Researchers at Akershus University Hospital made their findings after monitoring 2,206 pregnant women who planned to have natural births, medical news site Dagens Medisin reports.
The researchers tracked the women from the 32nd week of their pregnancies right up until they gave birth.
Some 7.5 percent of the respondents, who each filled out a detailed questionnaire, were found to fear giving birth. The study found that these women took an average of one hour and 32 minutes longer to give birth than the other budding mothers.
Mums gripped by the fear factor spent an average of eight hours in labour, compared to six hours and 28 minutes for women who scored below 85 on the Wijma Delivery Expectancy Questionnaire.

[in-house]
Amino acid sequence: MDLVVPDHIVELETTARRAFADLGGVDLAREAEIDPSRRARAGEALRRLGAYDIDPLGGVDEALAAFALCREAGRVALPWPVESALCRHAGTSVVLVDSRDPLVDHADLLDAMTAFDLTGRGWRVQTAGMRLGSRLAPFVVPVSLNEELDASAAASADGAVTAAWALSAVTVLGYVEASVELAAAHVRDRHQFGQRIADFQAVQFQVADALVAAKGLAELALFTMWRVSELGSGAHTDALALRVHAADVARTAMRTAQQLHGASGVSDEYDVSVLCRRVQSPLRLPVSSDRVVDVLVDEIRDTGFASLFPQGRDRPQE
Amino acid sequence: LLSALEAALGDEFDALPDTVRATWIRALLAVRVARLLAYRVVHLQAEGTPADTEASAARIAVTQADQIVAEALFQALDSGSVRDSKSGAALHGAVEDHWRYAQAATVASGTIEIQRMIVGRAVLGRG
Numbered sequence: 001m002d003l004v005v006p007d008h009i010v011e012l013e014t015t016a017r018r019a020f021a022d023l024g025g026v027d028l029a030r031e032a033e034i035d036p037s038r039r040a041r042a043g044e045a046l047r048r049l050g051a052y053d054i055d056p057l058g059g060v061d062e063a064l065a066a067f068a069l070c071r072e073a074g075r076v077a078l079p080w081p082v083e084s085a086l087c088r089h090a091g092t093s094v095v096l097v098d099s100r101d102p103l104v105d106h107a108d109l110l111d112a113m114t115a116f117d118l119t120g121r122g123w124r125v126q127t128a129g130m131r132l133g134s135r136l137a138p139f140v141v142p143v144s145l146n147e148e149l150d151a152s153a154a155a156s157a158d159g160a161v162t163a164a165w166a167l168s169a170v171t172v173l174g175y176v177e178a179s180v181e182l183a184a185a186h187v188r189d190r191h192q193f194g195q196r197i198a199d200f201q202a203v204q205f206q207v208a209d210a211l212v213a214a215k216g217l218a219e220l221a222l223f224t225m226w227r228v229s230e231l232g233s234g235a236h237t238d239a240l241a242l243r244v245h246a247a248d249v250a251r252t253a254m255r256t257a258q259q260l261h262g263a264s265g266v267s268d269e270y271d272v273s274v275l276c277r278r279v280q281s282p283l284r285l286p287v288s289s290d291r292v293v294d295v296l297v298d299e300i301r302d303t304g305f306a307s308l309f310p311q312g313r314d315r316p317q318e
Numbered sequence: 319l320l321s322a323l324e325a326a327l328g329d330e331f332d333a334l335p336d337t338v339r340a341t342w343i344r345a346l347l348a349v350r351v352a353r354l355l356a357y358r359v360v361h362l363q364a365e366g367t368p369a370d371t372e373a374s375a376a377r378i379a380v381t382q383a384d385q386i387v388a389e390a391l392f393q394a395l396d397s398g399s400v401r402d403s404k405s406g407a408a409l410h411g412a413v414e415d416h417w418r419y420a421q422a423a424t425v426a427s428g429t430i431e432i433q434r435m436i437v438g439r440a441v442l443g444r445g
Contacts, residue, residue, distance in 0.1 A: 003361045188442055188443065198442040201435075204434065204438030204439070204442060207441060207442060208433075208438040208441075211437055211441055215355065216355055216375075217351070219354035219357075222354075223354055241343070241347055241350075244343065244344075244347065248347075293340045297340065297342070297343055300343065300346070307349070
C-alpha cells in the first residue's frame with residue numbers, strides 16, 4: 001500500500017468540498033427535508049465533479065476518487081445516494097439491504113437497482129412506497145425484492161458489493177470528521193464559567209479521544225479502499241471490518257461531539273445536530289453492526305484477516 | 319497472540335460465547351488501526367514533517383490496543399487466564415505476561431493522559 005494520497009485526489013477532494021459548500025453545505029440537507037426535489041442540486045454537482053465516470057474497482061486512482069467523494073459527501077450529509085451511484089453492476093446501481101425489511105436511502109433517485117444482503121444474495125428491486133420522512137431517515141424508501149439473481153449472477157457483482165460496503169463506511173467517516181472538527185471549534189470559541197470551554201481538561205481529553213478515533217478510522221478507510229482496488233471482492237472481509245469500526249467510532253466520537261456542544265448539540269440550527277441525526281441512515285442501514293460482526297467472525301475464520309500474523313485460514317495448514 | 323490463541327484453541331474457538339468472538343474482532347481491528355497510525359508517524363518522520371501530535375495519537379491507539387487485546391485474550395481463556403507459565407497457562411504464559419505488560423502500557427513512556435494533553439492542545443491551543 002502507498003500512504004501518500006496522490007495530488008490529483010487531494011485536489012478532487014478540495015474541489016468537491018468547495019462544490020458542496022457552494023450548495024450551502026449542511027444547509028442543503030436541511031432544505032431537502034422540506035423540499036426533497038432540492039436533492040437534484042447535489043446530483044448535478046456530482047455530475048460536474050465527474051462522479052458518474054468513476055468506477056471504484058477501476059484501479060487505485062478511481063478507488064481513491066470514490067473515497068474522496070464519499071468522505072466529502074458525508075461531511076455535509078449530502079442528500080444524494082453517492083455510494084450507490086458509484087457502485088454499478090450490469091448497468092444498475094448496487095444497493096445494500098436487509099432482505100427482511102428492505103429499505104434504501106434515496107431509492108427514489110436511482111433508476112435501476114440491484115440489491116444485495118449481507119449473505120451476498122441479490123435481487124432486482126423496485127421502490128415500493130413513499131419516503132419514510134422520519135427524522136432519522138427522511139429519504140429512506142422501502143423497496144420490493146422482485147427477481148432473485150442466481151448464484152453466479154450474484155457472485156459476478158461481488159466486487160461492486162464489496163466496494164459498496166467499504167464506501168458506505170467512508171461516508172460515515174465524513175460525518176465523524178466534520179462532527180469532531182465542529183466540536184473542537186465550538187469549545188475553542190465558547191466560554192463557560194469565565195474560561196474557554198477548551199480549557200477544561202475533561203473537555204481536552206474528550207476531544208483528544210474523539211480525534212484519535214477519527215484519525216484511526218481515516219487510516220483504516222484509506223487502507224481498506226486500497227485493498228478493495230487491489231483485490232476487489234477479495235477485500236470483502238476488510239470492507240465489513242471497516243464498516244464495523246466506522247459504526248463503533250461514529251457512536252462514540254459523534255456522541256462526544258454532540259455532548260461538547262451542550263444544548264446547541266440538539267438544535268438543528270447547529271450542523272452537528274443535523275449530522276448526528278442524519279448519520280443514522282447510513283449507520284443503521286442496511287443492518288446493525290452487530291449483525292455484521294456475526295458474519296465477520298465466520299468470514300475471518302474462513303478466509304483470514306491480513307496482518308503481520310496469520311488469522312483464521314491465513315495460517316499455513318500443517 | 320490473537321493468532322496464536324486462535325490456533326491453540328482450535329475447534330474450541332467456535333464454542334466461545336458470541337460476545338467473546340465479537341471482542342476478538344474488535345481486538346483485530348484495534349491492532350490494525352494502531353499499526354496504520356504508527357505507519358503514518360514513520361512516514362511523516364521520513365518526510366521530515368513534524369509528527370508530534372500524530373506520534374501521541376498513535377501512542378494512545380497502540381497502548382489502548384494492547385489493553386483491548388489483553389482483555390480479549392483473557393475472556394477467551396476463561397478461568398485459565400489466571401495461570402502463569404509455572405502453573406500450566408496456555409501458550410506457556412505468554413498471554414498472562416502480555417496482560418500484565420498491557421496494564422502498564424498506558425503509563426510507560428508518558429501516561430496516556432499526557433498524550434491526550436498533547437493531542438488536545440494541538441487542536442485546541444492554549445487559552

“We reasoned that birth anxiety can affect the length of the birth in two different ways,” study co-author Samantha Salvesen Adams told Dagens Medisin.
“Birth anxiety can increase stress hormone levels. During the birth, an elevated stress hormone level can reduce contraction frequency, thereby delaying the birth.
“In addition, or alternatively, we believe that anxiety during a birth can affect communication between the woman giving birth and healthcare personnel, with possible consequences for the childbirth process,” said Adams.
Just over half of the women were first-time mothers, while the average age of participants was 30.9 years.
The study was first published last week in BJOG: An International Journal of Obstetrics & Gynaecology.